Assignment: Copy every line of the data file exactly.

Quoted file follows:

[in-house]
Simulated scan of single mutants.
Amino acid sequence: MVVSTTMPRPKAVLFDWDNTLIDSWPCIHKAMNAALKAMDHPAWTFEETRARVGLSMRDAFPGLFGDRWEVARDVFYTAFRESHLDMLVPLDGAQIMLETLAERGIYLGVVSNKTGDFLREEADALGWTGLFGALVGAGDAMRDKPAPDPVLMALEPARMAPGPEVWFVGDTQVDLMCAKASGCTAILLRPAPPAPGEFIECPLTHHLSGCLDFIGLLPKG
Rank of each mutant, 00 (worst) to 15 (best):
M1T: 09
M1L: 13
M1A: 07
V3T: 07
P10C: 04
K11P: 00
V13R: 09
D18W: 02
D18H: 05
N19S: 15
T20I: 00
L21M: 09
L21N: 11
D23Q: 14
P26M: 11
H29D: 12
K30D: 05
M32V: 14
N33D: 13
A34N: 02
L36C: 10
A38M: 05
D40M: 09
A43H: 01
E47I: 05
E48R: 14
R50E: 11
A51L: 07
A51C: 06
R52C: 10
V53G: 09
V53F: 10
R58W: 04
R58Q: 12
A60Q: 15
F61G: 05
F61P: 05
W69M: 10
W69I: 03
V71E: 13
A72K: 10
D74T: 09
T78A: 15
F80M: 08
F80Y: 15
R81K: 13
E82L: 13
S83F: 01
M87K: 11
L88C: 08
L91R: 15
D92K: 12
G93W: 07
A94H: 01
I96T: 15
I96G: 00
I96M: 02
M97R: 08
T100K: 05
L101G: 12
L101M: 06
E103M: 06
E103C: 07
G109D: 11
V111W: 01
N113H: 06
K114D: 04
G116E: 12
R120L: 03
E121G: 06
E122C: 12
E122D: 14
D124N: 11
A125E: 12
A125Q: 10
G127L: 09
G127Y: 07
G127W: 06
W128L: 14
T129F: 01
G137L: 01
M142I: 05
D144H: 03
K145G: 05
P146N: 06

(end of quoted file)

[in-house]
Simulated scan of single mutants.
Amino acid sequence: MVVSTTMPRPKAVLFDWDNTLIDSWPCIHKAMNAALKAMDHPAWTFEETRARVGLSMRDAFPGLFGDRWEVARDVFYTAFRESHLDMLVPLDGAQIMLETLAERGIYLGVVSNKTGDFLREEADALGWTGLFGALVGAGDAMRDKPAPDPVLMALEPARMAPGPEVWFVGDTQVDLMCAKASGCTAILLRPAPPAPGEFIECPLTHHLSGCLDFIGLLPKG
Rank of each mutant, 00 (worst) to 15 (best):
M1T: 09
M1L: 13
M1A: 07
V3T: 07
P10C: 04
K11P: 00
V13R: 09
D18W: 02
D18H: 05
N19S: 15
T20I: 00
L21M: 09
L21N: 11
D23Q: 14
P26M: 11
H29D: 12
K30D: 05
M32V: 14
N33D: 13
A34N: 02
L36C: 10
A38M: 05
D40M: 09
A43H: 01
E47I: 05
E48R: 14
R50E: 11
A51L: 07
A51C: 06
R52C: 10
V53G: 09
V53F: 10
R58W: 04
R58Q: 12
A60Q: 15
F61G: 05
F61P: 05
W69M: 10
W69I: 03
V71E: 13
A72K: 10
D74T: 09
T78A: 15
F80M: 08
F80Y: 15
R81K: 13
E82L: 13
S83F: 01
M87K: 11
L88C: 08
L91R: 15
D92K: 12
G93W: 07
A94H: 01
I96T: 15
I96G: 00
I96M: 02
M97R: 08
T100K: 05
L101G: 12
L101M: 06
E103M: 06
E103C: 07
G109D: 11
V111W: 01
N113H: 06
K114D: 04
G116E: 12
R120L: 03
E121G: 06
E122C: 12
E122D: 14
D124N: 11
A125E: 12
A125Q: 10
G127L: 09
G127Y: 07
G127W: 06
W128L: 14
T129F: 01
G137L: 01
M142I: 05
D144H: 03
K145G: 05
P146N: 06